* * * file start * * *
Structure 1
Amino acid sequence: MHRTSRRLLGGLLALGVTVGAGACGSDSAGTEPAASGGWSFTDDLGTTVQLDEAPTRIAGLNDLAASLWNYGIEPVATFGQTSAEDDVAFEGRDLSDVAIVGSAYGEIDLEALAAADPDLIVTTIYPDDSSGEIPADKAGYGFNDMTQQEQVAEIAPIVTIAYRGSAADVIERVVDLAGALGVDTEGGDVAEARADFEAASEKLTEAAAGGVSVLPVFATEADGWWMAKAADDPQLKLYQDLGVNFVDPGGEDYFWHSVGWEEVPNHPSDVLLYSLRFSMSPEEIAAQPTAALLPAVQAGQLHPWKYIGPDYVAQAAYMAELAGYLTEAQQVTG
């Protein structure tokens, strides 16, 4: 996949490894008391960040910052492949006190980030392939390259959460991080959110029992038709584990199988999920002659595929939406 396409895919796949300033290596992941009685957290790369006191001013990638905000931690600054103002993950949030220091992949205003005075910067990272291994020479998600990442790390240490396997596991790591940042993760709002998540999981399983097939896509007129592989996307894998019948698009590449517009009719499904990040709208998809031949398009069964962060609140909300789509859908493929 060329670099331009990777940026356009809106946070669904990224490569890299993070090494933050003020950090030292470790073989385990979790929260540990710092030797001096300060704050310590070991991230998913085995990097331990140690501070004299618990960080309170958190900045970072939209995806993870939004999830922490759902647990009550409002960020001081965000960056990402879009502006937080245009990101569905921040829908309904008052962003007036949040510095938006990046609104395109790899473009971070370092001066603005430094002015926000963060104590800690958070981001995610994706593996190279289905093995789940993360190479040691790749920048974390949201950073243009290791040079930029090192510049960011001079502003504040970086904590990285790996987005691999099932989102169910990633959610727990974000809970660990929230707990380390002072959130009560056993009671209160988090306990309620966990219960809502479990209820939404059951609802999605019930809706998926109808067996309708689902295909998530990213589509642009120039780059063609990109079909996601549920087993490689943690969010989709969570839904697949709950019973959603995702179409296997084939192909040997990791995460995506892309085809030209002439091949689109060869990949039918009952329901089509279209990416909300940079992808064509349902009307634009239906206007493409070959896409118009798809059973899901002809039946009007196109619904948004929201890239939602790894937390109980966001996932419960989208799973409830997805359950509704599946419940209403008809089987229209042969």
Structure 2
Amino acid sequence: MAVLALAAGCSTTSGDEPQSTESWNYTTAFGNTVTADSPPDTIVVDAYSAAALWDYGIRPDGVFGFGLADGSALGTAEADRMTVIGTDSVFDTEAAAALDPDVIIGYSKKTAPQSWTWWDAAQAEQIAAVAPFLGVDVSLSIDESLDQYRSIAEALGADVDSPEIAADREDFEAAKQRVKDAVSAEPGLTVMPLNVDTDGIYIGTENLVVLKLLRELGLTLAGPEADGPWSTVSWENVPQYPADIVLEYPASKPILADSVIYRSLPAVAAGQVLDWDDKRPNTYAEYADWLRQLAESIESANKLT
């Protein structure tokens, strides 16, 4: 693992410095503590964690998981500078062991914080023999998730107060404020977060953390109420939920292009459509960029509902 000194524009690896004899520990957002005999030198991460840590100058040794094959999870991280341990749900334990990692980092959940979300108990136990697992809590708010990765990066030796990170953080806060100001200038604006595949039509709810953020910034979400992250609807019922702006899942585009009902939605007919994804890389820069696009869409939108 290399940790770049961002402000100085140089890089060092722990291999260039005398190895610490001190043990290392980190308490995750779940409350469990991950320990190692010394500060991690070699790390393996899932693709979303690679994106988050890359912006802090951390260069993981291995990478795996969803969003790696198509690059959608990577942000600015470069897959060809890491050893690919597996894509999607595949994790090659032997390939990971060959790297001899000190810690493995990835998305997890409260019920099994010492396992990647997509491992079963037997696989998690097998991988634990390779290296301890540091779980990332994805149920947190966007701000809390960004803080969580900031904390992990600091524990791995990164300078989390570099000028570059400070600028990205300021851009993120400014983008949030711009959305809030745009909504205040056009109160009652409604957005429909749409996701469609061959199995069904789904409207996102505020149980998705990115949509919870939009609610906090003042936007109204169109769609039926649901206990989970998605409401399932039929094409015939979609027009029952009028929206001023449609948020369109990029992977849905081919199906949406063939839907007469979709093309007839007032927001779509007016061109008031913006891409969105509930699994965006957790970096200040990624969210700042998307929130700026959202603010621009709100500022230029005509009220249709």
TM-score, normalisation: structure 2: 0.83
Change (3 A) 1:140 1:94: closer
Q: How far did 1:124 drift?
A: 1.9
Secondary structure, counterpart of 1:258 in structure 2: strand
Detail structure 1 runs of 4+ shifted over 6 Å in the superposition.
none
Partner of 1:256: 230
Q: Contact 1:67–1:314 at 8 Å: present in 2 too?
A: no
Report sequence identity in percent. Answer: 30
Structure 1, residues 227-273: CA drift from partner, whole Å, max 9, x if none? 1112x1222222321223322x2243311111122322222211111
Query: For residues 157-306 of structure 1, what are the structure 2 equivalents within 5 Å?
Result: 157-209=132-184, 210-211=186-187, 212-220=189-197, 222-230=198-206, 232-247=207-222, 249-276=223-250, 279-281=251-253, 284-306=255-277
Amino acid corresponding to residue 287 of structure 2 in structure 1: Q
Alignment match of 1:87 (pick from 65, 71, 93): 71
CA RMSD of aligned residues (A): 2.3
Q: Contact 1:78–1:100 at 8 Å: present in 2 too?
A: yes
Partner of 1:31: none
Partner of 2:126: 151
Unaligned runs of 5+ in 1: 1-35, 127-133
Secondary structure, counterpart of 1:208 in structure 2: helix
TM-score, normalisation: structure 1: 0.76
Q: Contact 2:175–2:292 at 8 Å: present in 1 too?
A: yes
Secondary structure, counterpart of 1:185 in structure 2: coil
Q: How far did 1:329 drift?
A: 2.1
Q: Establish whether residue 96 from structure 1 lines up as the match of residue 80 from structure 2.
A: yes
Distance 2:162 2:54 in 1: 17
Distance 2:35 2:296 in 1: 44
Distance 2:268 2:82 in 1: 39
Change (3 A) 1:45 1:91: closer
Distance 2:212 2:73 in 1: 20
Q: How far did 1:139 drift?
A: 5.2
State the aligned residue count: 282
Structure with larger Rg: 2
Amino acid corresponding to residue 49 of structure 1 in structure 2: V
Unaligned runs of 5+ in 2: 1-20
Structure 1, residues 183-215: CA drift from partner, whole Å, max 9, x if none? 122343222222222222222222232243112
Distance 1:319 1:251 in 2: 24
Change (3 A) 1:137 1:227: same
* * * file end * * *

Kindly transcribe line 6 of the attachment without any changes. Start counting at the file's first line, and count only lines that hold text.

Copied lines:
């Protein structure tokens, strides 16, 4: 693992410095503590964690998981500078062991914080023999998730107060404020977060953390109420939920292009459509960029509902 000194524009690896004899520990957002005999030198991460840590100058040794094959999870991280341990749900334990990692980092959940979300108990136990697992809590708010990765990066030796990170953080806060100001200038604006595949039509709810953020910034979400992250609807019922702006899942585009009902939605007919994804890389820069696009869409939108 290399940790770049961002402000100085140089890089060092722990291999260039005398190895610490001190043990290392980190308490995750779940409350469990991950320990190692010394500060991690070699790390393996899932693709979303690679994106988050890359912006802090951390260069993981291995990478795996969803969003790696198509690059959608990577942000600015470069897959060809890491050893690919597996894509999607595949994790090659032997390939990971060959790297001899000190810690493995990835998305997890409260019920099994010492396992990647997509491992079963037997696989998690097998991988634990390779290296301890540091779980990332994805149920947190966007701000809390960004803080969580900031904390992990600091524990791995990164300078989390570099000028570059400070600028990205300021851009993120400014983008949030711009959305809030745009909504205040056009109160009652409604957005429909749409996701469609061959199995069904789904409207996102505020149980998705990115949509919870939009609610906090003042936007109204169109769609039926649901206990989970998605409401399932039929094409015939979609027009029952009028929206001023449609948020369109990029992977849905081919199906949406063939839907007469979709093309007839007032927001779509007016061109008031913006891409969105509930699994965006957790970096200040990624969210700042998307929130700026959202603010621009709100500022230029005509009220249709």